The Emerald Isle

Ireland holds a special place in the hearts and minds of many people, even those who have never been there. For some, Ireland is a mystical land, filled with rugged natural beauty, while for others, it is her tumultuous history, forged by migrations, wars and rebellions, with a historical legacy that still resonates – in ancient neolithic sites, castles of the high kings, and countless songs and poems immortalizing the land the locals call the “Emerald Isle”.

The Poulnabrone dolmen is a tomb in County Clare, Ireland, dating back to the Neolithic period, probably built 5-6000 years ago. DNA tests show that the genetic profile of these the first Irish farmers who lived there were originated in the Middle East.
Newgrange megalithic tomb, County Meath. Consisting of a mound entered by a passage with internal chambers, the tomb at Newgrange dates to 3200 BC, during the Neolithic era. An opening in the roof allows sunlight to illuminate the interior at sunrise during the winter solstice.
Ancient spiral motifs, Newgrange megalithic tomb, County Meath. The triple spirals , called Triskele, or Triskelion, are strongly associated with Celtic culture. The pattern consists of three spirals, or sometimes three bent human legs. Historians believe that this spiral pattern most probably originated from the Mediterranean.
Mourne Mountains, Country Down. The tallest peak in Northern Ireland is Slieve Donard in the Mourne Mountains.
Benbulben Mountain, County Sligo. The height of this table-top mountain creates a unique environment where plants carried to the region by glaciers in the last ice age have survived.
Mount Errigal, County Donegal. The tallest of County Donegal’s peaks, Errigal is one of the “Seven Sisters”, known locally as the Derryveagh Mountains. Its distinctive coloration is due to quartzite, a metamorphic rock formed from sandstone.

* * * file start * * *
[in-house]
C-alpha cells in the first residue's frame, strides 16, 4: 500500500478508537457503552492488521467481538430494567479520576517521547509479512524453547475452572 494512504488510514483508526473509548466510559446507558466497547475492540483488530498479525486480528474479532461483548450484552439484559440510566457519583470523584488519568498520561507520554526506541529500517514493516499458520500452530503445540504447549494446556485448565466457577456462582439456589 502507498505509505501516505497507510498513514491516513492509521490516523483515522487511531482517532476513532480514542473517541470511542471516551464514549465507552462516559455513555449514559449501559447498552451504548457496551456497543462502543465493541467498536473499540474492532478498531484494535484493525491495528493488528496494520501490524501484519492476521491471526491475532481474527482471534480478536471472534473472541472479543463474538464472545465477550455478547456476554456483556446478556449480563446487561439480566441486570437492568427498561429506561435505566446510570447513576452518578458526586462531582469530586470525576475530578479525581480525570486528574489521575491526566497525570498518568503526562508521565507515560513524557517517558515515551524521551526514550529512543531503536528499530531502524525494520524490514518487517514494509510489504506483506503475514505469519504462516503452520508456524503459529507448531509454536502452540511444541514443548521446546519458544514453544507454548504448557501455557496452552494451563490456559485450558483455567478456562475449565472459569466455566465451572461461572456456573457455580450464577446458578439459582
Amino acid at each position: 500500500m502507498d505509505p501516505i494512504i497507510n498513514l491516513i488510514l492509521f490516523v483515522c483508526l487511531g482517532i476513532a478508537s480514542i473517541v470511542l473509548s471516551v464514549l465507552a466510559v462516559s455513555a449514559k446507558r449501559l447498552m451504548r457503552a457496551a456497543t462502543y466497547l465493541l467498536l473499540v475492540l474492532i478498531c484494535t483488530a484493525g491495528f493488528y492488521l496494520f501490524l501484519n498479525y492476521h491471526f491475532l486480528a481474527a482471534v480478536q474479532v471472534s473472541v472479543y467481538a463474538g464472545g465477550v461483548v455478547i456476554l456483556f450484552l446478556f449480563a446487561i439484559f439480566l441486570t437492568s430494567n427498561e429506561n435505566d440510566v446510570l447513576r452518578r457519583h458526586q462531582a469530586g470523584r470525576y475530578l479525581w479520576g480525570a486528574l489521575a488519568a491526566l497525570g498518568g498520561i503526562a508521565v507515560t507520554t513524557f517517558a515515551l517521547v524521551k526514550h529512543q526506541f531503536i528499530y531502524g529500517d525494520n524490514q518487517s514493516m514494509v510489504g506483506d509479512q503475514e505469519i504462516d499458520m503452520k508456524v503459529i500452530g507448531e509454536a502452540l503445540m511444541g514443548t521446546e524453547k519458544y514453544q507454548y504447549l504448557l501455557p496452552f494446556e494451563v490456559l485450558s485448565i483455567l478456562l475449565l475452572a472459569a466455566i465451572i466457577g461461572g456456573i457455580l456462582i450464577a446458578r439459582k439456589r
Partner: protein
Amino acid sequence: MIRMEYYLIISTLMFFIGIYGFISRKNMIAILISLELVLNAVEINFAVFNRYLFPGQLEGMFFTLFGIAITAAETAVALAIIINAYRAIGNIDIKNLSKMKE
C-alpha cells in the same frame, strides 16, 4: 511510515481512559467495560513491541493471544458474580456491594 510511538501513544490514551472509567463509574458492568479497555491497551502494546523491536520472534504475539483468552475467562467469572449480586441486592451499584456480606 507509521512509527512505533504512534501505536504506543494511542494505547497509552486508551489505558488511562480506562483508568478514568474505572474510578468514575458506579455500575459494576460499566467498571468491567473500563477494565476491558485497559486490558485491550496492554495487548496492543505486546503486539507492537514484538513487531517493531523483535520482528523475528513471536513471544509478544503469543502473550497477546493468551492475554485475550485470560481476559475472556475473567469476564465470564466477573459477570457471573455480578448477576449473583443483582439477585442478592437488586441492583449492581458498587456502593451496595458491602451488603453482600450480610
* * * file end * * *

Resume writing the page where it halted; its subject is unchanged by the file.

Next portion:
Black Castle, County Wicklow. Taking advantage of the natural strong position on a high promontory, the Black Castle at Wicklow was built in the 1100s to protect the nearby coast from invasion.
Another view of Black Castle
Dunguaire Castle, Country Galway. Lying on Galway Bay near Kinvara, Dunguaire Castle is constructed as a tower house with a surrounding curtain wall, both of which have been restored. It was the seat of the kings of Connaught during the 16th century.
Ross Castle, Killarney. Like many fortifications of the late 1400s, Ross Castle takes the form of a central tower house surrounded by a “bawn”, which means a fortified area enclosed by a curtain wall with reinforcing towers.
Admore, County Waterford. Constructed in the Gothic style, this watch tower at Ardmore was built around 1800, most likely to protect against invasion from France, which was building an empire that spanned Europe.
Boyle Abbey, County Roscommon. Like most religious buildings of its time, Boyle Abbey (built in the 12th century) was decorated with carved representations of kings, saints and the occasional gruesome gargoyle.
Celtic crosses, County Sligo. The exact meaning of the Celtic cross is unclear. Some believe it represents a triumph of Christianity over paganism, while others believe it is a melding of the two.
False Bay, County Galway. The plentiful seafood available along the western coast of Ireland made the Connemara region of Galway an attractive location for early settlers. Evidence has been found of middens dating back to the Mesolithic era or even earlier.

Coming up next – Ballads of the Emerald Isle.

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